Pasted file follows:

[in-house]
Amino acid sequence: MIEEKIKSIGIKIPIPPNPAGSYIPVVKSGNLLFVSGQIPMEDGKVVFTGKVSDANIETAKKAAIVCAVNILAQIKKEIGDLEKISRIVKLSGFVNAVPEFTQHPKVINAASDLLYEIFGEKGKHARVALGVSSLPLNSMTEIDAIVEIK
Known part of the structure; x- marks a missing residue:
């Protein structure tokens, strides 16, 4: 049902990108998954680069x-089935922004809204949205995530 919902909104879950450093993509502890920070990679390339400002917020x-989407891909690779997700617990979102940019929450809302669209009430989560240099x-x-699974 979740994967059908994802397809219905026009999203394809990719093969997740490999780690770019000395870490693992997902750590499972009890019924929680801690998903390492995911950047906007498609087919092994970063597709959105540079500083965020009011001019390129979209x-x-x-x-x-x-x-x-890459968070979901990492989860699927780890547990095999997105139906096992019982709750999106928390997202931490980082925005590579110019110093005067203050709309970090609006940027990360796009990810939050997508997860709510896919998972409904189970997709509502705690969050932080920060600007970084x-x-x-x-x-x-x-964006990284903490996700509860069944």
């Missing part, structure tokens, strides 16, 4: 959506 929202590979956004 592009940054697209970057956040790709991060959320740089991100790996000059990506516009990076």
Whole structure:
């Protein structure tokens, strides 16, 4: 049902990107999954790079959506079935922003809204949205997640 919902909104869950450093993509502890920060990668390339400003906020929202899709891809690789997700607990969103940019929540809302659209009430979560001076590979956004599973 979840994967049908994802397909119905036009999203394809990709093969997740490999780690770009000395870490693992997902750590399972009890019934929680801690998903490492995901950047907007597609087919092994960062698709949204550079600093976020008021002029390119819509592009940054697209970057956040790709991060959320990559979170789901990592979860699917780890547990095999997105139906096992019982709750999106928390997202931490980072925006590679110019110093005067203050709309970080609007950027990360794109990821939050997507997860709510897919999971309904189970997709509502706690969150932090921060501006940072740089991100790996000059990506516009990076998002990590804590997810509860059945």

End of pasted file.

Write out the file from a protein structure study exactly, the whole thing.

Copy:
[in-house]
Amino acid sequence: MIEEKIKSIGIKIPIPPNPAGSYIPVVKSGNLLFVSGQIPMEDGKVVFTGKVSDANIETAKKAAIVCAVNILAQIKKEIGDLEKISRIVKLSGFVNAVPEFTQHPKVINAASDLLYEIFGEKGKHARVALGVSSLPLNSMTEIDAIVEIK
Known part of the structure; x- marks a missing residue:
């Protein structure tokens, strides 16, 4: 049902990108998954680069x-089935922004809204949205995530 919902909104879950450093993509502890920070990679390339400002917020x-989407891909690779997700617990979102940019929450809302669209009430989560240099x-x-699974 979740994967059908994802397809219905026009999203394809990719093969997740490999780690770019000395870490693992997902750590499972009890019924929680801690998903390492995911950047906007498609087919092994970063597709959105540079500083965020009011001019390129979209x-x-x-x-x-x-x-x-890459968070979901990492989860699927780890547990095999997105139906096992019982709750999106928390997202931490980082925005590579110019110093005067203050709309970090609006940027990360796009990810939050997508997860709510896919998972409904189970997709509502705690969050932080920060600007970084x-x-x-x-x-x-x-964006990284903490996700509860069944």
């Missing part, structure tokens, strides 16, 4: 959506 929202590979956004 592009940054697209970057956040790709991060959320740089991100790996000059990506516009990076």
Whole structure:
């Protein structure tokens, strides 16, 4: 049902990107999954790079959506079935922003809204949205997640 919902909104869950450093993509502890920060990668390339400003906020929202899709891809690789997700607990969103940019929540809302659209009430979560001076590979956004599973 979840994967049908994802397909119905036009999203394809990709093969997740490999780690770009000395870490693992997902750590399972009890019934929680801690998903490492995901950047907007597609087919092994960062698709949204550079600093976020008021002029390119819509592009940054697209970057956040790709991060959320990559979170789901990592979860699917780890547990095999997105139906096992019982709750999106928390997202931490980072925006590679110019110093005067203050709309970080609007950027990360794109990821939050997507997860709510897919999971309904189970997709509502706690969150932090921060501006940072740089991100790996000059990506516009990076998002990590804590997810509860059945």